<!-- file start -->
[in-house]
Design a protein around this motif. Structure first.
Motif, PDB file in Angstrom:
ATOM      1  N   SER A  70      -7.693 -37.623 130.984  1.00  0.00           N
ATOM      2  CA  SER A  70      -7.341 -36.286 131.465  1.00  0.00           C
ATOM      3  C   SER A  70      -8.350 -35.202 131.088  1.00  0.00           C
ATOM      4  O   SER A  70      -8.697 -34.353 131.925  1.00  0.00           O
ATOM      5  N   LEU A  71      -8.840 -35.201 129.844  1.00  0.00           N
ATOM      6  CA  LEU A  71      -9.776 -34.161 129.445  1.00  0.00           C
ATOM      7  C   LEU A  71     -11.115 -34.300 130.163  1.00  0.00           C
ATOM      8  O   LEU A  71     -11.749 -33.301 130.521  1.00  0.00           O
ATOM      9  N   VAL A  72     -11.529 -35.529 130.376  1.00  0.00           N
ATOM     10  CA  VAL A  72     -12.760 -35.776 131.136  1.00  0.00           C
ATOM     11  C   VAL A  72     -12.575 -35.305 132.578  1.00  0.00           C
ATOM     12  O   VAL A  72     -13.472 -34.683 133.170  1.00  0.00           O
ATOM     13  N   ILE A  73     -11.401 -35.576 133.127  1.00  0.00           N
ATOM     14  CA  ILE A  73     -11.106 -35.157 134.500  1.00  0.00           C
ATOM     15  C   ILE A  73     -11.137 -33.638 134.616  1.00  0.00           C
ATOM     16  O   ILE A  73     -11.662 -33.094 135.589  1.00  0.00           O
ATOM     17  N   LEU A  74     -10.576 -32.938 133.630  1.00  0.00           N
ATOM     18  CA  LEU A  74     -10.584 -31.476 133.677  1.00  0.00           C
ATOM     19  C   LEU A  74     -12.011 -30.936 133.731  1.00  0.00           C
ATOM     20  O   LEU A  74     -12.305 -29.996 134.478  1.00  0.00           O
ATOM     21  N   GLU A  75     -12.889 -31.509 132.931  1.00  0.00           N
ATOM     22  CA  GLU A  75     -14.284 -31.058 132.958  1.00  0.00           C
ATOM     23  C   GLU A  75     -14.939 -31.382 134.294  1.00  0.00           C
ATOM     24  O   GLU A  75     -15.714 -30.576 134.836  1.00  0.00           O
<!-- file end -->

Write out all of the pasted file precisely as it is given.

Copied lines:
[in-house]
Design a protein around this motif. Structure first.
Motif, PDB file in Angstrom:
ATOM      1  N   SER A  70      -7.693 -37.623 130.984  1.00  0.00           N
ATOM      2  CA  SER A  70      -7.341 -36.286 131.465  1.00  0.00           C
ATOM      3  C   SER A  70      -8.350 -35.202 131.088  1.00  0.00           C
ATOM      4  O   SER A  70      -8.697 -34.353 131.925  1.00  0.00           O
ATOM      5  N   LEU A  71      -8.840 -35.201 129.844  1.00  0.00           N
ATOM      6  CA  LEU A  71      -9.776 -34.161 129.445  1.00  0.00           C
ATOM      7  C   LEU A  71     -11.115 -34.300 130.163  1.00  0.00           C
ATOM      8  O   LEU A  71     -11.749 -33.301 130.521  1.00  0.00           O
ATOM      9  N   VAL A  72     -11.529 -35.529 130.376  1.00  0.00           N
ATOM     10  CA  VAL A  72     -12.760 -35.776 131.136  1.00  0.00           C
ATOM     11  C   VAL A  72     -12.575 -35.305 132.578  1.00  0.00           C
ATOM     12  O   VAL A  72     -13.472 -34.683 133.170  1.00  0.00           O
ATOM     13  N   ILE A  73     -11.401 -35.576 133.127  1.00  0.00           N
ATOM     14  CA  ILE A  73     -11.106 -35.157 134.500  1.00  0.00           C
ATOM     15  C   ILE A  73     -11.137 -33.638 134.616  1.00  0.00           C
ATOM     16  O   ILE A  73     -11.662 -33.094 135.589  1.00  0.00           O
ATOM     17  N   LEU A  74     -10.576 -32.938 133.630  1.00  0.00           N
ATOM     18  CA  LEU A  74     -10.584 -31.476 133.677  1.00  0.00           C
ATOM     19  C   LEU A  74     -12.011 -30.936 133.731  1.00  0.00           C
ATOM     20  O   LEU A  74     -12.305 -29.996 134.478  1.00  0.00           O
ATOM     21  N   GLU A  75     -12.889 -31.509 132.931  1.00  0.00           N
ATOM     22  CA  GLU A  75     -14.284 -31.058 132.958  1.00  0.00           C
ATOM     23  C   GLU A  75     -14.939 -31.382 134.294  1.00  0.00           C
ATOM     24  O   GLU A  75     -15.714 -30.576 134.836  1.00  0.00           O